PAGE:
icon caret-left icon caret-right instagram pinterest linkedin facebook twitter goodreads question-circle facebook circle twitter circle linkedin circle instagram circle goodreads circle pinterest circle

Racial Matters

A Different Sort of Writing--My First Novel Is Born

I've been spending lots of time over the last few years on a very different sort of writing project for me: my first novel. A lot different than writing about real food or starting a business, or the Holocaust. Now, at long last, after many stops and starts, hopeful progress and difficult frustration, it's finally going prime time.


With launch day finally at hand, I feel a little like I did as a reporter having his first bylined article published—proud and more than a little nervous. Like a lot of what I've written over the years, the novel is controversial—it's about race, and it's almost impossible to write about race these days without being seen as controversial, even if you didn't mean to be.


Anyway, the novel's title is Gouster Girl. To understand the meaning of the title, I'm afraid you're going to have to read the novel. I can tell you that it's a historical novel about an especially dark period in Chicago's racial history that foretells many of the difficulties burdening the city today. 


The good news is that Gouster Girl is available in digital formats at a very low introductory price. The book is also available in paperback at a somewhat higher price (though still quite affordable).


The story is set in the early 1960s in the Chicago neighborhood of South Shore, made famous by Michelle Obama in her recent book "Becoming." She spends the opening 60 or so pages recalling her fond memories of this lakefront neighborhood on Chicago's South Side. She refers in passing to the "white flight" still ongoing when her family moved in during the late 1960s.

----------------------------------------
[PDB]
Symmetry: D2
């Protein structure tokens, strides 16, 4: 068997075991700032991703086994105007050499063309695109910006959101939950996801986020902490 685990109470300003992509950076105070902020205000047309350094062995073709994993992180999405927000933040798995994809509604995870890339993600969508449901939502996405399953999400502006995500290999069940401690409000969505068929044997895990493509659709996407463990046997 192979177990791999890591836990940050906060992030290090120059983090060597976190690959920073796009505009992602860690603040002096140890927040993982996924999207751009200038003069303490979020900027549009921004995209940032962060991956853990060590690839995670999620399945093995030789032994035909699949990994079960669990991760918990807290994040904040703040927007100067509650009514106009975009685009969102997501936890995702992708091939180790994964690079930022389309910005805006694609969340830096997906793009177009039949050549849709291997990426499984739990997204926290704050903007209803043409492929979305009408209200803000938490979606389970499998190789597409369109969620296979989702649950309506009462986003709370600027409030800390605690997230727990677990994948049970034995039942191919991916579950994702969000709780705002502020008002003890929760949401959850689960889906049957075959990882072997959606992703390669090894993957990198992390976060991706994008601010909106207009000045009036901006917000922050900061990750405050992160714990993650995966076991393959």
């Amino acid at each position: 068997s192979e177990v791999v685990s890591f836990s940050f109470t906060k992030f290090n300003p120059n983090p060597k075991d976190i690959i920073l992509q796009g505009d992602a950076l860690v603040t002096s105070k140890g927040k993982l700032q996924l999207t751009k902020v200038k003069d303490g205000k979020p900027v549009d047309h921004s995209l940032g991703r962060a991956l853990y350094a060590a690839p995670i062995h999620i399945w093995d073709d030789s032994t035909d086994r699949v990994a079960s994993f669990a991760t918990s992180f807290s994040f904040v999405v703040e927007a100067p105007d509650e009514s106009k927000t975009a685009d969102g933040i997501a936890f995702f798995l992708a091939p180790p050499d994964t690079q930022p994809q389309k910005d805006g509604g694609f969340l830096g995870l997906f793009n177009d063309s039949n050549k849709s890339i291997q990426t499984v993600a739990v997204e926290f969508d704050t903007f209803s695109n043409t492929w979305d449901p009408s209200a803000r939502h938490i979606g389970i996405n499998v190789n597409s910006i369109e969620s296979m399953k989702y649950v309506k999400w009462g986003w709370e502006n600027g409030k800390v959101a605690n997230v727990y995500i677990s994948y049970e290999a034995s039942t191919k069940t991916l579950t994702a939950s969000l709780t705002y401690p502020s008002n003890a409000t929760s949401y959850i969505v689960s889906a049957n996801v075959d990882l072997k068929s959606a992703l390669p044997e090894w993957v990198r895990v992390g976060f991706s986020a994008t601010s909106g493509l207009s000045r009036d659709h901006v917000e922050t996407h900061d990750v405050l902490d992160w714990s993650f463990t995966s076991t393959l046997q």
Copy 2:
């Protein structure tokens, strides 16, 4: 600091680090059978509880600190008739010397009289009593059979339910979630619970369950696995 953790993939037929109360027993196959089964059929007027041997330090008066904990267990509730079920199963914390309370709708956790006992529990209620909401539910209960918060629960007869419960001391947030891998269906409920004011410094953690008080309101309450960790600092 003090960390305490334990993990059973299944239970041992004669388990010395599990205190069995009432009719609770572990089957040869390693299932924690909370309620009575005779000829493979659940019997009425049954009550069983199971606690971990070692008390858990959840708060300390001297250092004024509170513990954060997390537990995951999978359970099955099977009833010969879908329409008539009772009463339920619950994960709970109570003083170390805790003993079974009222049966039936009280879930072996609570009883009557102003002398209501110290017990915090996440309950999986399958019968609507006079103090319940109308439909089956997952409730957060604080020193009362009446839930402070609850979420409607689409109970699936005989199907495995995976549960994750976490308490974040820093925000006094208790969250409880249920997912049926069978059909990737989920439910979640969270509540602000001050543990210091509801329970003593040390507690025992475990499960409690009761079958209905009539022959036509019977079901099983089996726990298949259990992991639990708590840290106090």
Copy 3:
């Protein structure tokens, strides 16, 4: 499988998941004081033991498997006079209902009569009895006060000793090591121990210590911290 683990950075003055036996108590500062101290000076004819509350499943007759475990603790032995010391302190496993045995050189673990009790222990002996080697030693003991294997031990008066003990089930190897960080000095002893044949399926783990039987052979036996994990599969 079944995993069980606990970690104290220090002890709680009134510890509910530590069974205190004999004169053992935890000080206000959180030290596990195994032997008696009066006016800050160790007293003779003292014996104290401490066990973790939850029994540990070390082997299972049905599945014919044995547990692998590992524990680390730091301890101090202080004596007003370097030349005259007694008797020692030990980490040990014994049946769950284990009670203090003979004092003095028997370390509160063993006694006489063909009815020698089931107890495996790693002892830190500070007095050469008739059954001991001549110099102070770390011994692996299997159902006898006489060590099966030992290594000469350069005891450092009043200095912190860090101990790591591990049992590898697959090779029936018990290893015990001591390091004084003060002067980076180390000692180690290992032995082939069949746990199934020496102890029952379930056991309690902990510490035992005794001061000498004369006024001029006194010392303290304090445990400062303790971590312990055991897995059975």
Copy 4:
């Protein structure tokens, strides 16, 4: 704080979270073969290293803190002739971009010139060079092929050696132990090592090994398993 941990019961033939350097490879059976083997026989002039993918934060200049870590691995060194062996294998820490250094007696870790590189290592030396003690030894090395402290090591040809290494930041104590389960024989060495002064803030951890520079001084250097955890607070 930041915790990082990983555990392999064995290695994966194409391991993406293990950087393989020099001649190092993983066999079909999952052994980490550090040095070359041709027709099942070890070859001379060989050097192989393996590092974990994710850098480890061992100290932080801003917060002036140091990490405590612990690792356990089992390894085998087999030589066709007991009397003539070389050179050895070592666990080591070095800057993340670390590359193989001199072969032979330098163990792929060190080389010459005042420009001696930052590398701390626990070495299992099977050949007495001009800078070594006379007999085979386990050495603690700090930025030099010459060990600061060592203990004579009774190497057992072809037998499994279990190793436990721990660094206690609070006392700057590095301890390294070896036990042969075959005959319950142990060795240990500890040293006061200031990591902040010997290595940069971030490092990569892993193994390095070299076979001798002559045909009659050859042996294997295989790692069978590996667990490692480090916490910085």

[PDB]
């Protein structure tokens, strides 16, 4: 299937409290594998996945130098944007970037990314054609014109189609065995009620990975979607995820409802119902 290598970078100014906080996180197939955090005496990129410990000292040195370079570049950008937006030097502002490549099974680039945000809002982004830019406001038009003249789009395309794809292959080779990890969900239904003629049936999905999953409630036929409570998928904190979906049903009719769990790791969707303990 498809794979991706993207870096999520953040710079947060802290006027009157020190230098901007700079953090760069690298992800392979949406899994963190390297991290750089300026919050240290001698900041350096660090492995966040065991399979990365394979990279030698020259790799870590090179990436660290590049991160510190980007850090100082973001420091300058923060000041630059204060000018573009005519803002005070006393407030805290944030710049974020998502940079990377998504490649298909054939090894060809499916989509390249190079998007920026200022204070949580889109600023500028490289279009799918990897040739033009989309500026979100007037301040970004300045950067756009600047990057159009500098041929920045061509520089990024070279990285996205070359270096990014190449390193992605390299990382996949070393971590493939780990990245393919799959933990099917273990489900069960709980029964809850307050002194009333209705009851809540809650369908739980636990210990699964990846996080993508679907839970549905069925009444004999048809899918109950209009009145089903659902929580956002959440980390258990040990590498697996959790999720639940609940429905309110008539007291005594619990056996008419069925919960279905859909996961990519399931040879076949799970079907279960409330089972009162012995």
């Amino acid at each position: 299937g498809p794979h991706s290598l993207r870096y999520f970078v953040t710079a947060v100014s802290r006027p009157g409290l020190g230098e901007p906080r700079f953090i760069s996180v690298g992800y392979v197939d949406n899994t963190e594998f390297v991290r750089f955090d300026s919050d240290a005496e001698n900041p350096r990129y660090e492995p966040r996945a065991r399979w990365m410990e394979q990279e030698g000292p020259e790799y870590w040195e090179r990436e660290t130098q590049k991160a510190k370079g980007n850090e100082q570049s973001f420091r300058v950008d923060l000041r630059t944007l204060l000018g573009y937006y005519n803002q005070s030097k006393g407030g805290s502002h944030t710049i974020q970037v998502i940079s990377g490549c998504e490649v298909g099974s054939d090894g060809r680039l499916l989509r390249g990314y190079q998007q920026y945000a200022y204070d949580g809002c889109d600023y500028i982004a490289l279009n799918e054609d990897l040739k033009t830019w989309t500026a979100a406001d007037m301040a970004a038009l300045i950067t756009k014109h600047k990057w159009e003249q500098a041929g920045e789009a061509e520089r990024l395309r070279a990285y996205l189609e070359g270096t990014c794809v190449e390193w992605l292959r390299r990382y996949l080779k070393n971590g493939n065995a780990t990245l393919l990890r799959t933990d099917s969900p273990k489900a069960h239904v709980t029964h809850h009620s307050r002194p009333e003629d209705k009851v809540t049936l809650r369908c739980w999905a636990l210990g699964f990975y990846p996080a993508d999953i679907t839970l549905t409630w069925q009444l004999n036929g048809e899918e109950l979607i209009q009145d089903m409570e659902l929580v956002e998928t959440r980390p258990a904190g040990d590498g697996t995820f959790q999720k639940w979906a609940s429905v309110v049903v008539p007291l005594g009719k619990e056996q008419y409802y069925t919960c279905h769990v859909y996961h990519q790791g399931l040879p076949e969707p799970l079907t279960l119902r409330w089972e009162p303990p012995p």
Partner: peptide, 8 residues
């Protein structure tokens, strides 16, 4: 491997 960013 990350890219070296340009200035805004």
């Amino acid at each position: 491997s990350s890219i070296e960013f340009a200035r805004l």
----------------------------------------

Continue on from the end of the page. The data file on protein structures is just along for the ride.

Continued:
"Gouster Girl" is a love story. Nerdy white Jeff Stark falls in love with cute black Valerie Davis, except that on Chicago's South Side in 1963, that is a risky affair. At first, Valerie and Jeff help each other out of tough racial fixes—he saves her from attack at an all-white amusement park and she saves him from injury in a racial brawl at school. But as their romance becomes more serious, so do the racial dangers.


I've long appreciated that growing up on Chicago's South Side was an unusual experience. People would move out from one day to the next, without telling friends or neighbors, or sometimes even their own kids till the movers showed up. The white flight from South Shore was pretty much over and done in the 1960s, when Gouster Girl takes place; an astounding two-thirds of South Shore's 65,000 whites fled during that decade. During the 1970s and 1980s, many middle-class blacks departed as well, leaving much of South Shore and neighboring areas to the very tough black street gangs that rule today.


As the South Side of Chicago has evolved into something of a gang-dominated community on the order of Honduras or El Salvador , I decided to write "Gouster Girl" as a way of explaining how it all began going bad.


Part of what I wanted to get across is that the travails of the South Side are much more nuanced than either liberal or conservative political dogma would have us believe. Liberals tend to see it as an outgrowth mainly of systemic racism and police brutality. Conservatives often use it to "prove" their point that gun control laws can't work, since all the gang violence is happening despite tough Chicago gun-control laws.


If you decide to read it, please comment on Amazon. And thanks for your ongoing support.

Be the first to comment